The Sea Wolves – A pleasant dip into the sea of nostalgia

The Sea WolvesThe Sea Wolves by Andrew V. McLaglen on TCM Cinema (CanalSat)
My rating: 8 out of 10 stars

This true story follows the exploits of a top secret British military mission to destroy Nazi radio ships in a neutral harbor during WWII. The daring plan is led by British Intelligence officers Col. Lewis Pugh (Gregory Peck) and Capt. Gavin Stewart (Roger Moore). Since the ships are in neutral territory the British Military command, while encouraging the scheme, must deny any knowledge of it if it fails. Pugh & Stewart enlist the aid of retired officer Col. Bill Grice (David Niven) & some of his former soldiers. On the pretext of being on a fishing expedition, these seemingly drunken old men in civilian clothing must board & destroy 3 Nazi ships, whose radio transmissions have resulted in Nazi submarines sinking allied ships. While Stewart arranges a diversion on shore, Pugh & Grice carry out the dangerous raid on and destruction of the Nazi ships.

I have to admit that I am probably a bit biased when it comes to this movie which sometimes is referred to as The Last Charge of The Calcutta Light Horse by the way. It is a classical war movie that I saw, and liked, as a kid. It also has several of my favorite actors since I was a kid in it. So needless to say I really do like this movie.

When re-watching it yesterday I really enjoyed seeing characters like Gregory Peck and David Niven again. They are part of a time when movie characters could be funny, strong and quite macho without being totally overdone and foul-mouthed. David Niven as well as a few of the other characters are just great with their British “stiff upper lip” attitude and British humor.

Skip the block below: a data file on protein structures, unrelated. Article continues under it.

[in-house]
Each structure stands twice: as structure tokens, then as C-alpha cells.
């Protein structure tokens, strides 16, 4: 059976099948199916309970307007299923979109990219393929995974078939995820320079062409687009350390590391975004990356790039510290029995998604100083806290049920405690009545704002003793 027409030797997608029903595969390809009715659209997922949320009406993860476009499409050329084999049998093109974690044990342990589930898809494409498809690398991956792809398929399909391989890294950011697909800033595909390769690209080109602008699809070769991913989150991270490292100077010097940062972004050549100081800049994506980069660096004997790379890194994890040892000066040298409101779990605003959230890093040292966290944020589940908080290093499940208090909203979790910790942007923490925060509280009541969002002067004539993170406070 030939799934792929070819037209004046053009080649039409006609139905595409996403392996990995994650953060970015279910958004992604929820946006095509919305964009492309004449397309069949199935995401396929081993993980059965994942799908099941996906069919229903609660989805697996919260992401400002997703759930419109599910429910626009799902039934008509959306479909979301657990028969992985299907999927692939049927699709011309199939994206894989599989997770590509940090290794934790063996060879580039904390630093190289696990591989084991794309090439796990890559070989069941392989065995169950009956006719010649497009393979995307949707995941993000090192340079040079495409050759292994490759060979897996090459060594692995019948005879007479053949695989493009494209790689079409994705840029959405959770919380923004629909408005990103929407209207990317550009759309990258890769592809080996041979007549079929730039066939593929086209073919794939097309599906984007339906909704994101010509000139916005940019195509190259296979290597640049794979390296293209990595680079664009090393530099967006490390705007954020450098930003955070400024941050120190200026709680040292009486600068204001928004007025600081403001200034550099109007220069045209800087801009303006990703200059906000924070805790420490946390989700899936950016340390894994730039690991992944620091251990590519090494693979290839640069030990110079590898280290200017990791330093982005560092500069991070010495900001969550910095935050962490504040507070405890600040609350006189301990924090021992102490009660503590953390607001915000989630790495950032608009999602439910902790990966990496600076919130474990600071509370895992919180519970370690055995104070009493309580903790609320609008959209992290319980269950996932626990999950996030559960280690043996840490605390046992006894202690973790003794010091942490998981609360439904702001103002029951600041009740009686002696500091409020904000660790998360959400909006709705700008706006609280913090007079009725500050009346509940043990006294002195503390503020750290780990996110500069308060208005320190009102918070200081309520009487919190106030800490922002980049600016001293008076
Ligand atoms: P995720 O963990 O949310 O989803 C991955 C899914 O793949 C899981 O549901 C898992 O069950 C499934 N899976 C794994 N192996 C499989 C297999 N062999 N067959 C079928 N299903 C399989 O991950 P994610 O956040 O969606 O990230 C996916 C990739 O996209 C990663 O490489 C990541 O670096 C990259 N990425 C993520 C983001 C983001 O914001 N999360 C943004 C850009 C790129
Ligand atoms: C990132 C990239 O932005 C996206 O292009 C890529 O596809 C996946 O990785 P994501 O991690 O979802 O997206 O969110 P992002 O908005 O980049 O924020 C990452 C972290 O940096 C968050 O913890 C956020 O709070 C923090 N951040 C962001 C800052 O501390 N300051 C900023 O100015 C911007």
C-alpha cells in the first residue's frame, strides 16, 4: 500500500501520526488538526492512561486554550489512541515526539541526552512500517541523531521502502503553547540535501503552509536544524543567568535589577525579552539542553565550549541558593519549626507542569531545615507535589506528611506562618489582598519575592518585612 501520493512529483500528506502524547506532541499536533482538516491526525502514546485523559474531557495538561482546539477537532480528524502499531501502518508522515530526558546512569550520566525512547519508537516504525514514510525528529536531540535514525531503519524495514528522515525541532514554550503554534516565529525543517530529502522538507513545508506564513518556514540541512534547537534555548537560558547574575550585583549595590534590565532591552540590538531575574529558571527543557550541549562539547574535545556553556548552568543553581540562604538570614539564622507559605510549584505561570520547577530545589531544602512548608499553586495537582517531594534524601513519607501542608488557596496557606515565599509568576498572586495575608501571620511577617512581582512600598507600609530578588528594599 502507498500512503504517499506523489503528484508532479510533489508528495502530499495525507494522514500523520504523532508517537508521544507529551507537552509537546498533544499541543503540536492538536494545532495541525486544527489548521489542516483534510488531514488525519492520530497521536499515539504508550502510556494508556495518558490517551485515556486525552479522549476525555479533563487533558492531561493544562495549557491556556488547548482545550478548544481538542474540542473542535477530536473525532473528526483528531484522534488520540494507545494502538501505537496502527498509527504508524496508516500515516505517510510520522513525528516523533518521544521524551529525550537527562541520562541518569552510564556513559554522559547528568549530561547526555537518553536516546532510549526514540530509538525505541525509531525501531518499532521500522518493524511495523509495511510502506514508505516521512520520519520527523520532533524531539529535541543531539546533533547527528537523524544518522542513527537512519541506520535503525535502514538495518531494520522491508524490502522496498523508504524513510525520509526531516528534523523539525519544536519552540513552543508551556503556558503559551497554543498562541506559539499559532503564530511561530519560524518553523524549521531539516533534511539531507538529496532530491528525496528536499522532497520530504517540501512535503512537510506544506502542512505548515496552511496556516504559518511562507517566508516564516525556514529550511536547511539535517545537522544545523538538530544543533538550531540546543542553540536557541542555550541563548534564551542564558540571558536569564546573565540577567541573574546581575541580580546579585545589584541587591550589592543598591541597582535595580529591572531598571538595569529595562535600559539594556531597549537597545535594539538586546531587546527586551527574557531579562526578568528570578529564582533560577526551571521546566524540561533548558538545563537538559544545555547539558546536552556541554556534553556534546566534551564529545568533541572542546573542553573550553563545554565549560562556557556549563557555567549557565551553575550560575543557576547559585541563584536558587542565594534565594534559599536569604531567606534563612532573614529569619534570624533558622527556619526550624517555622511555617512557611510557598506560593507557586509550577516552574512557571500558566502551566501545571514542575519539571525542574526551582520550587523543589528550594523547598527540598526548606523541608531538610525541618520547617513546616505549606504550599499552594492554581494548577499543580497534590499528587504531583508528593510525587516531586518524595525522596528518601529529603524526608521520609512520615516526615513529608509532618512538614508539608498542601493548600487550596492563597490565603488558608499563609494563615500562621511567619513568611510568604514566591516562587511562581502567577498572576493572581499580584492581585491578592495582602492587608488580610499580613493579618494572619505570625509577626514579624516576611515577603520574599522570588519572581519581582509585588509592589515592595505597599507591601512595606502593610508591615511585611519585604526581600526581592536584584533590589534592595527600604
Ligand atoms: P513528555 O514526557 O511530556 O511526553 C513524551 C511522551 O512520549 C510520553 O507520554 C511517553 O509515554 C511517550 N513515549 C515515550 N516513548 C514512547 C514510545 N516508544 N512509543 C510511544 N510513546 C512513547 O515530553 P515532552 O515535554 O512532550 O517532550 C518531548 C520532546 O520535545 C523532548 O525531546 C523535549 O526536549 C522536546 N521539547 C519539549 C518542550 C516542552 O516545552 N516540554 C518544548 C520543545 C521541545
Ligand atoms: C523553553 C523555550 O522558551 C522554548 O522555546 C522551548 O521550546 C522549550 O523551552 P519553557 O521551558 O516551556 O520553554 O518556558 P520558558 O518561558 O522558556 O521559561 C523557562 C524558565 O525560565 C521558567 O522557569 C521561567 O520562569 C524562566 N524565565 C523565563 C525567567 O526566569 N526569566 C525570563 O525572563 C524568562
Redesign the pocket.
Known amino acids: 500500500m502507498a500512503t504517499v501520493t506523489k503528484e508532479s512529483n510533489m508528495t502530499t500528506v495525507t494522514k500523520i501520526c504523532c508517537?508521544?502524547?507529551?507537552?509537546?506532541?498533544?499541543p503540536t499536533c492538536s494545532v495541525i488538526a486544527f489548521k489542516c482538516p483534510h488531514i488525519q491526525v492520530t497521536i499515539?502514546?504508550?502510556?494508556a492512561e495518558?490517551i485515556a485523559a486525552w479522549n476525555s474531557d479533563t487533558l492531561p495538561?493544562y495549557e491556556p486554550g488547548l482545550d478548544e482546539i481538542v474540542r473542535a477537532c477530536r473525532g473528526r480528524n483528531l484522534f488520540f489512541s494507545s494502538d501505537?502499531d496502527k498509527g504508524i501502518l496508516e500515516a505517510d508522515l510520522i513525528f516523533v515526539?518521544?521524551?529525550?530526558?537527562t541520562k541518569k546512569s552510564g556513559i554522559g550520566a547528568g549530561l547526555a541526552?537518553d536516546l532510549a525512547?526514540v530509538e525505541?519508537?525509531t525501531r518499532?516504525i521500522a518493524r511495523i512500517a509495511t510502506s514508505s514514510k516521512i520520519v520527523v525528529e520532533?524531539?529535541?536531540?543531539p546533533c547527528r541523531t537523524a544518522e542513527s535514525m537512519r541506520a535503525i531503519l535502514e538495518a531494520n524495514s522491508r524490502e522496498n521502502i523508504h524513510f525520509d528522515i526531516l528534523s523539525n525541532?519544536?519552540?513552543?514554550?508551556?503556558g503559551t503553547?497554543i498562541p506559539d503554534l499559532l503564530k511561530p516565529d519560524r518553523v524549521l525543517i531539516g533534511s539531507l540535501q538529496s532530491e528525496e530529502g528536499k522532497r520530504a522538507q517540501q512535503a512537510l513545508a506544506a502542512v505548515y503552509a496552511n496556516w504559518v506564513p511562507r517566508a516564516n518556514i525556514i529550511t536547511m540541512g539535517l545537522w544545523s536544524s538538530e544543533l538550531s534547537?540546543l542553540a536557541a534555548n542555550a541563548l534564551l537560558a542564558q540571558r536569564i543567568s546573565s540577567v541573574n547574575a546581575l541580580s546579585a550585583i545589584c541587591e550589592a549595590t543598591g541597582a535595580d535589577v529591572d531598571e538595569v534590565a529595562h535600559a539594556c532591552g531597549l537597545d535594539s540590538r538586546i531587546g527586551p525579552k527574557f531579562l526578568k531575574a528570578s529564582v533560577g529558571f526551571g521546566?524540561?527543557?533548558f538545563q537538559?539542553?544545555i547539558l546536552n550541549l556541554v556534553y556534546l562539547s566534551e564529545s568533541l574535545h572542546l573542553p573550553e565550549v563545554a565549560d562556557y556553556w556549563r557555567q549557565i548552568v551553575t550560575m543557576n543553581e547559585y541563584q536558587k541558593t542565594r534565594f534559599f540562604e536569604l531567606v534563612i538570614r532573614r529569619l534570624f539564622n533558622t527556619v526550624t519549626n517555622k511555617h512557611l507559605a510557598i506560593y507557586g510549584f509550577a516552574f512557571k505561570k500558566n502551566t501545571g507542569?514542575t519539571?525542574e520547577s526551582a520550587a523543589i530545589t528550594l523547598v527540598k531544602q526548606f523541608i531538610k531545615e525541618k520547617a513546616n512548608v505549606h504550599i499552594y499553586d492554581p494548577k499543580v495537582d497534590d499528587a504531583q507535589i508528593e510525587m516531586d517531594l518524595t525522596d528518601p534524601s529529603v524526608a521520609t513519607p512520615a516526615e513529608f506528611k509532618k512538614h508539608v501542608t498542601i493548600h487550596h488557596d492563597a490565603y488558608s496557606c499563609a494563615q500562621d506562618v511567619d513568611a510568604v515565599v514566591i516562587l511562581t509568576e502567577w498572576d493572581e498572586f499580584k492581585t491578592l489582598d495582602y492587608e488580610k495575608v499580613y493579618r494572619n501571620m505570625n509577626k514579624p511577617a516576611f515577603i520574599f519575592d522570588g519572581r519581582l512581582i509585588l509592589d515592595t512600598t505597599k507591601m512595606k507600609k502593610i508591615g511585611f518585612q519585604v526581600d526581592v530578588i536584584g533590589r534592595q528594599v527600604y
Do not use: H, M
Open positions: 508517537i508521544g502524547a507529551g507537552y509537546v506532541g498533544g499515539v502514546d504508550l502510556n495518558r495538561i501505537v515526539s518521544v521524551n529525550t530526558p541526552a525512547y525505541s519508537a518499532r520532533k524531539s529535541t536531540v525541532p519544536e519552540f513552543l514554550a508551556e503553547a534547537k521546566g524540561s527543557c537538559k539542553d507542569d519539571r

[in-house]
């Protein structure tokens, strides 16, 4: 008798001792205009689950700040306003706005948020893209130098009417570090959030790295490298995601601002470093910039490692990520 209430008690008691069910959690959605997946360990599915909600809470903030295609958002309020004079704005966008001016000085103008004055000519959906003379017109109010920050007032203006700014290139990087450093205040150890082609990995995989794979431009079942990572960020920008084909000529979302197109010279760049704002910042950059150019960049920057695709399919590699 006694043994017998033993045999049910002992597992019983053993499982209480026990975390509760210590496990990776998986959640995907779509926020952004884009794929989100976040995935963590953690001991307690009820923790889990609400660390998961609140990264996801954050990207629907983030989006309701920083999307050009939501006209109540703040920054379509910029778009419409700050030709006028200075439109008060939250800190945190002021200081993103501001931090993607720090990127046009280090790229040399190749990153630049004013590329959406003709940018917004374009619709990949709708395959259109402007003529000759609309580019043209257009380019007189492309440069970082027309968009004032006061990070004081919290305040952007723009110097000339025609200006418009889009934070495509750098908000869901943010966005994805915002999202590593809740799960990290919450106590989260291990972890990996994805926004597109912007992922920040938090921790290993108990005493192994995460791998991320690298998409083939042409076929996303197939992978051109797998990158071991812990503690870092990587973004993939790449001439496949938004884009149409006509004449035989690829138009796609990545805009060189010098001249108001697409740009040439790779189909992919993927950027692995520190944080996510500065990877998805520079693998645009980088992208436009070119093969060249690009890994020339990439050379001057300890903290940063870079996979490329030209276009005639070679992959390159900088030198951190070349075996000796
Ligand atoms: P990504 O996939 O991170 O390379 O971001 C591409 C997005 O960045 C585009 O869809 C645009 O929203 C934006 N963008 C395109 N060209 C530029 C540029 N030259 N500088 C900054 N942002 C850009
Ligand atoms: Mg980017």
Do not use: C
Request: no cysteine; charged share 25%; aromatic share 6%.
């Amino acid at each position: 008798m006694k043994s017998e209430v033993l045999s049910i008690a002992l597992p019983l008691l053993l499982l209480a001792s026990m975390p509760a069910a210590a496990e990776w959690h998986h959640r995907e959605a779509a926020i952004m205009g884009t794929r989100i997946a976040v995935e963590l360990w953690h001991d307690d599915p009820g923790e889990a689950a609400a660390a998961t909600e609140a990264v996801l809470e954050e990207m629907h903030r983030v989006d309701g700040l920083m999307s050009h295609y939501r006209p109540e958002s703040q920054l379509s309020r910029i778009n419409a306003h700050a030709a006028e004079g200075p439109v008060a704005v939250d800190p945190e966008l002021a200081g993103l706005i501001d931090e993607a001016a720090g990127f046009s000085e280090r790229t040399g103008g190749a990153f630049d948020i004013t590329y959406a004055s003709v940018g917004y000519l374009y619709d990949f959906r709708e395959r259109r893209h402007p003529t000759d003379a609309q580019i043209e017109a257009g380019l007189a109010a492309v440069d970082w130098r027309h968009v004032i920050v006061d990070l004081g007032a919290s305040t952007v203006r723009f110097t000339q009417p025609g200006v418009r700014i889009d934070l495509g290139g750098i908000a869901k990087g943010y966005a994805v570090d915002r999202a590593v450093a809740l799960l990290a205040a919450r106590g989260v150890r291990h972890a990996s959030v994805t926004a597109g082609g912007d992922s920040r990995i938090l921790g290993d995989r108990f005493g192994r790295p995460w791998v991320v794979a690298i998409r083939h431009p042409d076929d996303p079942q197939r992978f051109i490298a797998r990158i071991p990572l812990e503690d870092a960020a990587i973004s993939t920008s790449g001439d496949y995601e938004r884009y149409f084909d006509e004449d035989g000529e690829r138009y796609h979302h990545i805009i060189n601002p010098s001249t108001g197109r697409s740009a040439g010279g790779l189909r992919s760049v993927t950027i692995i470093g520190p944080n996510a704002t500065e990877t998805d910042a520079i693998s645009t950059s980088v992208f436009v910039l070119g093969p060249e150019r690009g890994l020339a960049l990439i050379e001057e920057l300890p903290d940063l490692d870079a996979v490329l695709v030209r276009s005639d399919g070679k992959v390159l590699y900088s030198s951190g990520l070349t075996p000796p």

The story is a rather classical World War 2 adventure story even though it is based on an actual event. Most of the movie is the initial spy-adventure with Gregory Peck and Roger Moore followed by the preparations and boat ride into the neutral harbor of Goa. These are really the best part of the movie where the characters are really making the movie.

When the action starts at the end of the movie the characters themselves kind of get hidden behind the action which, quite frankly, is not top quality. Like many older movies these parts are a bit cartoonish, illogical and certainly not very realistic. The special effects are also, not surprisingly, up to modern standards. I never figured out what the German captain really expected to achieve with oil drums on the deck by the way. I guess it made some nice fiery scenes at the end though.

For me, watching this movie again yesterday, that was two very enjoyable hours.

Leave a Reply

Fill in your details below or click an icon to log in: Logo

You are commenting using your account. Log Out /  Change )

Twitter picture

You are commenting using your Twitter account. Log Out /  Change )

Facebook photo

You are commenting using your Facebook account. Log Out /  Change )

Connecting to %s